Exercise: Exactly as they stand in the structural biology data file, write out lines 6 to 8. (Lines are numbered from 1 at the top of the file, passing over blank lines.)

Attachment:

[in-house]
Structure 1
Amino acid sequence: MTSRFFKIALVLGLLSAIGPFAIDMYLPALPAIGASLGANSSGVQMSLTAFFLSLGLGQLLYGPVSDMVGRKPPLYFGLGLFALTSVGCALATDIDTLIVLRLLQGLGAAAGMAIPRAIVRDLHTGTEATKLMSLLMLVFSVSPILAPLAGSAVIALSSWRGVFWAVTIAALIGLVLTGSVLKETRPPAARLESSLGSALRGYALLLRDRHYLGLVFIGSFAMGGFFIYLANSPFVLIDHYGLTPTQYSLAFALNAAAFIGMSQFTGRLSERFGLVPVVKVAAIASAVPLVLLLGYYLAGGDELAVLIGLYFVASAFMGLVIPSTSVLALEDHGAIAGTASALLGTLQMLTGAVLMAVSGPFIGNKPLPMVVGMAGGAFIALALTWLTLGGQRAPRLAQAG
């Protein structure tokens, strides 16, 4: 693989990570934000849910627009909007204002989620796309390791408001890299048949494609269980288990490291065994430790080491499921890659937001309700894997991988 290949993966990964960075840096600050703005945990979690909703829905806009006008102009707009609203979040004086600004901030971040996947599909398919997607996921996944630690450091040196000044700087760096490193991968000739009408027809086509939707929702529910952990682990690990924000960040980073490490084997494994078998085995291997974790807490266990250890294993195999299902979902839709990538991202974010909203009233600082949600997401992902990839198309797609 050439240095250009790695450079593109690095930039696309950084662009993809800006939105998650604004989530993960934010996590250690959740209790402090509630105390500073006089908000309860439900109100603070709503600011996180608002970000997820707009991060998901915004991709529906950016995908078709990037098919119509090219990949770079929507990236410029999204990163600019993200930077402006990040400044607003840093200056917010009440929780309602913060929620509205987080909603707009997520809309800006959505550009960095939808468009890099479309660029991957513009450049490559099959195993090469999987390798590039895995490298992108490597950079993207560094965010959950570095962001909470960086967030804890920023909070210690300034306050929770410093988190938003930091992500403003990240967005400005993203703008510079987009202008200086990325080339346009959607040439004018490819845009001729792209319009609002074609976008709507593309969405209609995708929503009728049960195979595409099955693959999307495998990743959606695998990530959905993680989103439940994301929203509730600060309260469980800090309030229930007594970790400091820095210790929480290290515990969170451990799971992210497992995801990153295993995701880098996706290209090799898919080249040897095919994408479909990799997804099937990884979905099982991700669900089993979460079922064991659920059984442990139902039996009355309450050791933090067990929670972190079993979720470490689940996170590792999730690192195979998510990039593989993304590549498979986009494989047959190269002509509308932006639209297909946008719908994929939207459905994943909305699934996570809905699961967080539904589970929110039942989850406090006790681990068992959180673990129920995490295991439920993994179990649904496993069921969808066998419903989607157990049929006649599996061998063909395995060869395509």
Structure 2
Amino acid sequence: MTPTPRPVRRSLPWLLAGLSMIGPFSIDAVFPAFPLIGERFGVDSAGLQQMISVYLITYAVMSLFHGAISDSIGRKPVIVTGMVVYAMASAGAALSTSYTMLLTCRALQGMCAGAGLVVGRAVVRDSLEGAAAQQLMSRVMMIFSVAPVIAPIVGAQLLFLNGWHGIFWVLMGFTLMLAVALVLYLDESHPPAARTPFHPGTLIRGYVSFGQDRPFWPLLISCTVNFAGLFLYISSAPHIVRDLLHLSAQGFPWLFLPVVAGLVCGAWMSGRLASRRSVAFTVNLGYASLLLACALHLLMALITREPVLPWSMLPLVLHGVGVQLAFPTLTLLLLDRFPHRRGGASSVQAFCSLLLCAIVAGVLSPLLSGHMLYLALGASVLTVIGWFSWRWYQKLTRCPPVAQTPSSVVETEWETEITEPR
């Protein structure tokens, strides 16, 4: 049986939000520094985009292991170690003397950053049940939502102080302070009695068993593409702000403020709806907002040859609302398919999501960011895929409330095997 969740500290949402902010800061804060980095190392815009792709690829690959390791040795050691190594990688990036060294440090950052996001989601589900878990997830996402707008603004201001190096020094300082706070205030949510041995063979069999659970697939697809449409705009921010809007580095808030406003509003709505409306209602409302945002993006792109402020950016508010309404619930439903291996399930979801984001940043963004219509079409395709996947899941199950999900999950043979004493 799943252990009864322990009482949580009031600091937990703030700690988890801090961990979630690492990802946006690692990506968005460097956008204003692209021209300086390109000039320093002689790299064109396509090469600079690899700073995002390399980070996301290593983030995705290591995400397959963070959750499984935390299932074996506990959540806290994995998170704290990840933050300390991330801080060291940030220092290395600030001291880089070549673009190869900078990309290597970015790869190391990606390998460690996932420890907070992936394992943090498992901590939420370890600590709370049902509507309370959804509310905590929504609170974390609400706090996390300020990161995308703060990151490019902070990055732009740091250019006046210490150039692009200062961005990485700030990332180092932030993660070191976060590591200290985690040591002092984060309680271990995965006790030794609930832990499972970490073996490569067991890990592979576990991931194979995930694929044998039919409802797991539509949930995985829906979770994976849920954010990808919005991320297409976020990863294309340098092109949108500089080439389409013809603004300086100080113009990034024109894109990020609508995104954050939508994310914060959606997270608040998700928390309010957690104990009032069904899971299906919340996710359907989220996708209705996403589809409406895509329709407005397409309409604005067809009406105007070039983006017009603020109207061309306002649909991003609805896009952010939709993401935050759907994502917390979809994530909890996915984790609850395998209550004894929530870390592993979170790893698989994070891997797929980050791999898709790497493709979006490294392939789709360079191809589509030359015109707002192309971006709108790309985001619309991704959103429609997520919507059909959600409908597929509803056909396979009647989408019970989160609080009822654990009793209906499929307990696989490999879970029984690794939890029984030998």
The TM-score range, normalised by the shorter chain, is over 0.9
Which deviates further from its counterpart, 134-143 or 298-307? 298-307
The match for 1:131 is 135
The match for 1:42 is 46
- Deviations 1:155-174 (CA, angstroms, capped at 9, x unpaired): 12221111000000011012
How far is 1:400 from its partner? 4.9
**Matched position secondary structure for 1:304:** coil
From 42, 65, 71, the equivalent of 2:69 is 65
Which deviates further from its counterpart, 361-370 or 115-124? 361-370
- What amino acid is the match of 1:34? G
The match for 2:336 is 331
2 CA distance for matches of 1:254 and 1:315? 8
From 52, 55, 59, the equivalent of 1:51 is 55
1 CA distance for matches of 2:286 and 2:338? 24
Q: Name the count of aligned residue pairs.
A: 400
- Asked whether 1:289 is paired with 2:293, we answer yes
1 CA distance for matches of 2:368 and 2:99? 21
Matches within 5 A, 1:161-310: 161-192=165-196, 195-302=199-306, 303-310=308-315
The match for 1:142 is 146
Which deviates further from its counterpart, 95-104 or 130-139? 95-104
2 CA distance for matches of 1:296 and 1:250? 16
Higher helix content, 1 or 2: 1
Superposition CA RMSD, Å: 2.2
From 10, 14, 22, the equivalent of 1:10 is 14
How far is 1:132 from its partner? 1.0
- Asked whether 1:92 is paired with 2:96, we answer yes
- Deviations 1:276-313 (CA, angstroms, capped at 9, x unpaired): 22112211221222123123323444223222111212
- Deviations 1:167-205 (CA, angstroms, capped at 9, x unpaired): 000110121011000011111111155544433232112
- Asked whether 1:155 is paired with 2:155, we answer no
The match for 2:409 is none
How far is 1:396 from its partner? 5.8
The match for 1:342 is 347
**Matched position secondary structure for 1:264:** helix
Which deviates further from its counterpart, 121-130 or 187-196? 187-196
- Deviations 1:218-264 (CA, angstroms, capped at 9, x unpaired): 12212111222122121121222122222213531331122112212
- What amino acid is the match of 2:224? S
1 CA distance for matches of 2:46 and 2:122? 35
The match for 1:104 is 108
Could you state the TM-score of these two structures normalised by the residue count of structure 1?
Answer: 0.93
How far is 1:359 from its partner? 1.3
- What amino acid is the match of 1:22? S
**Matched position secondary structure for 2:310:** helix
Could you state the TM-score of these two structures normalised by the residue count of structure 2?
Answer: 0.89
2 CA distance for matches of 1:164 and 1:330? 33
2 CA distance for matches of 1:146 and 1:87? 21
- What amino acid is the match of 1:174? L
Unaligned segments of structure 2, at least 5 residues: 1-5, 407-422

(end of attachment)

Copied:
Amino acid sequence: MTPTPRPVRRSLPWLLAGLSMIGPFSIDAVFPAFPLIGERFGVDSAGLQQMISVYLITYAVMSLFHGAISDSIGRKPVIVTGMVVYAMASAGAALSTSYTMLLTCRALQGMCAGAGLVVGRAVVRDSLEGAAAQQLMSRVMMIFSVAPVIAPIVGAQLLFLNGWHGIFWVLMGFTLMLAVALVLYLDESHPPAARTPFHPGTLIRGYVSFGQDRPFWPLLISCTVNFAGLFLYISSAPHIVRDLLHLSAQGFPWLFLPVVAGLVCGAWMSGRLASRRSVAFTVNLGYASLLLACALHLLMALITREPVLPWSMLPLVLHGVGVQLAFPTLTLLLLDRFPHRRGGASSVQAFCSLLLCAIVAGVLSPLLSGHMLYLALGASVLTVIGWFSWRWYQKLTRCPPVAQTPSSVVETEWETEITEPR
């Protein structure tokens, strides 16, 4: 049986939000520094985009292991170690003397950053049940939502102080302070009695068993593409702000403020709806907002040859609302398919999501960011895929409330095997 969740500290949402902010800061804060980095190392815009792709690829690959390791040795050691190594990688990036060294440090950052996001989601589900878990997830996402707008603004201001190096020094300082706070205030949510041995063979069999659970697939697809449409705009921010809007580095808030406003509003709505409306209602409302945002993006792109402020950016508010309404619930439903291996399930979801984001940043963004219509079409395709996947899941199950999900999950043979004493 799943252990009864322990009482949580009031600091937990703030700690988890801090961990979630690492990802946006690692990506968005460097956008204003692209021209300086390109000039320093002689790299064109396509090469600079690899700073995002390399980070996301290593983030995705290591995400397959963070959750499984935390299932074996506990959540806290994995998170704290990840933050300390991330801080060291940030220092290395600030001291880089070549673009190869900078990309290597970015790869190391990606390998460690996932420890907070992936394992943090498992901590939420370890600590709370049902509507309370959804509310905590929504609170974390609400706090996390300020990161995308703060990151490019902070990055732009740091250019006046210490150039692009200062961005990485700030990332180092932030993660070191976060590591200290985690040591002092984060309680271990995965006790030794609930832990499972970490073996490569067991890990592979576990991931194979995930694929044998039919409802797991539509949930995985829906979770994976849920954010990808919005991320297409976020990863294309340098092109949108500089080439389409013809603004300086100080113009990034024109894109990020609508995104954050939508994310914060959606997270608040998700928390309010957690104990009032069904899971299906919340996710359907989220996708209705996403589809409406895509329709407005397409309409604005067809009406105007070039983006017009603020109207061309306002649909991003609805896009952010939709993401935050759907994502917390979809994530909890996915984790609850395998209550004894929530870390592993979170790893698989994070891997797929980050791999898709790497493709979006490294392939789709360079191809589509030359015109707002192309971006709108790309985001619309991704959103429609997520919507059909959600409908597929509803056909396979009647989408019970989160609080009822654990009793209906499929307990696989490999879970029984690794939890029984030998």
The TM-score range, normalised by the shorter chain, is over 0.9